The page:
I may have answered my own question. The short answer is: Appeal to and research Linguistics!
For example, I Googled "spanish nouns gender assignment" which revealed many Linguistics articles, such as:
Spanish Gender Assignment in an Analogical Framework by David Eddington,
pp 49-75, Journal of Quantitative Linguistics
Volume 9, Issue 1, 2002 (PDF here) (Draft here)
Then consult Citations of this article and this article's References (at the end) to find even more Linguistics research, the latter of which is first referenced in the Introduction:
Previous studies of Spanish gender fall into one of three major categories: 1) In the pedagogical approach (e.g. Bergen, 1978; Bull 1965; Teschner & Russell, 1984), the emphasis is placed on dividing Spanish nouns into masculine and feminine groups based mainly on their final phonemes, and listing the most common exceptions to those groups. This categorization is made to facilitate the acquisition of Spanish as a second language. 2) In the descriptive approach (Teschner, 1983; Rosenblat, 1952), on the other hand, the interest is in finding systematic correspondences between nominal gender and phonological patterns in Spanish words. 3) Generative analyses (e.g. Harris, 1985, 1991; Klein, 1983, 1989) strive to describe gender in terms of a rule system that derives a word's final phoneme(s) given the word's inherent gender and a set of abstract assumptions about the word's underlying structure.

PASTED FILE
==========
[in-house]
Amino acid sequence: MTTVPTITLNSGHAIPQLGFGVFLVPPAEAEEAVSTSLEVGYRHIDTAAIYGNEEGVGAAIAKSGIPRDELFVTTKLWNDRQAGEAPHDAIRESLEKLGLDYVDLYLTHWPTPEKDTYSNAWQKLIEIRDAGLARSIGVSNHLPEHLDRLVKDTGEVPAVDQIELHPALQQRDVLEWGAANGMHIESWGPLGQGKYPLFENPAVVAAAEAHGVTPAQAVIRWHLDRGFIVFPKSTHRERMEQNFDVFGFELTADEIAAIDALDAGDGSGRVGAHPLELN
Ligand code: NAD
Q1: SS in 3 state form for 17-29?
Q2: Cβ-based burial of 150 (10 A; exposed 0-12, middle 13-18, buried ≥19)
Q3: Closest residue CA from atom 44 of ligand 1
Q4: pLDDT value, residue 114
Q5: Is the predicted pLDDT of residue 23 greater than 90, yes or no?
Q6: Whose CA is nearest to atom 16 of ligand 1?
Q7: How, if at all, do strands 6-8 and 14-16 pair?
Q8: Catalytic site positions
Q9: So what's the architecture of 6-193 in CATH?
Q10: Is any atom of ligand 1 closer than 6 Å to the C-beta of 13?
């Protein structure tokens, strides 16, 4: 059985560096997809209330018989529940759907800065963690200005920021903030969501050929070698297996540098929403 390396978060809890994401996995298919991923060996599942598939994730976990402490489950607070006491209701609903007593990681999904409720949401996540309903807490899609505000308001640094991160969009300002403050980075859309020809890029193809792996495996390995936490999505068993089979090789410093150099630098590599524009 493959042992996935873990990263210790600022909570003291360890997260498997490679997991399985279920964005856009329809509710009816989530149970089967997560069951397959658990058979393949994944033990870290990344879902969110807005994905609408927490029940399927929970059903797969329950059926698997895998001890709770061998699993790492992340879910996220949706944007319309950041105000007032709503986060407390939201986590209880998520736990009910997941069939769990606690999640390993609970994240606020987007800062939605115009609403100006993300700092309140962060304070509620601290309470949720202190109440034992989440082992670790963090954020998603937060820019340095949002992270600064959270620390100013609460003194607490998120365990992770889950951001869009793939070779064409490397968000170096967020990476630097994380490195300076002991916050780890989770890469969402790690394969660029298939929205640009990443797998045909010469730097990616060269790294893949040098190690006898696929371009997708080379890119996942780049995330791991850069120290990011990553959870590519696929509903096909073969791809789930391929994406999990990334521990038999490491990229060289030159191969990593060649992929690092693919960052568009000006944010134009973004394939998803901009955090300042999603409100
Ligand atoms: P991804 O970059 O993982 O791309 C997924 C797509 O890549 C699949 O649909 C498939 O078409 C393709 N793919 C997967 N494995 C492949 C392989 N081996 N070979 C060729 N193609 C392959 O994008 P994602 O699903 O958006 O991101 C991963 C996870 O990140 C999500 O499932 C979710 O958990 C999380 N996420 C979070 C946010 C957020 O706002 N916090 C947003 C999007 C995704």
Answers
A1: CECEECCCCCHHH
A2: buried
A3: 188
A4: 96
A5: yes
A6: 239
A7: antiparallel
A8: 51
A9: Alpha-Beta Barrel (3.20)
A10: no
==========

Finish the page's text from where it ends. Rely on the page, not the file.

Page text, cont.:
Although each of these analyses may be valid in its own realm of inquiry, none of them have as a goal to determine how native speakers may go about assigning gender when syntactic clues such as gender-marked determiners and adjectives are absent. Given the mentalistic vocabulary often employed in the generative literature (i.e. processes, derive, language acquisition, production, etc.), one could gain the impression that such analyses do explain how native speakers assign gender. (This contrasts with the clearly descriptive goals of the pedagogical and descriptive approaches.) Generative accounts may be elegant representations of linguistic structure, however, their relationship to the psychological mechanisms that play a role in actual language usage is dubious (Chandler, 1993; Derwing, 1973; Eddington, 1996; Lamb, 2000; Skousen, 1975). In addition, some researchers have clearly stated that generative accounts are simply not intended to be taken as models of linguistic performance (c.f. Kiparsky, 1975, p. 198; Chomsky & Halle 1968, p.117; Bradley. 1980, p. 38)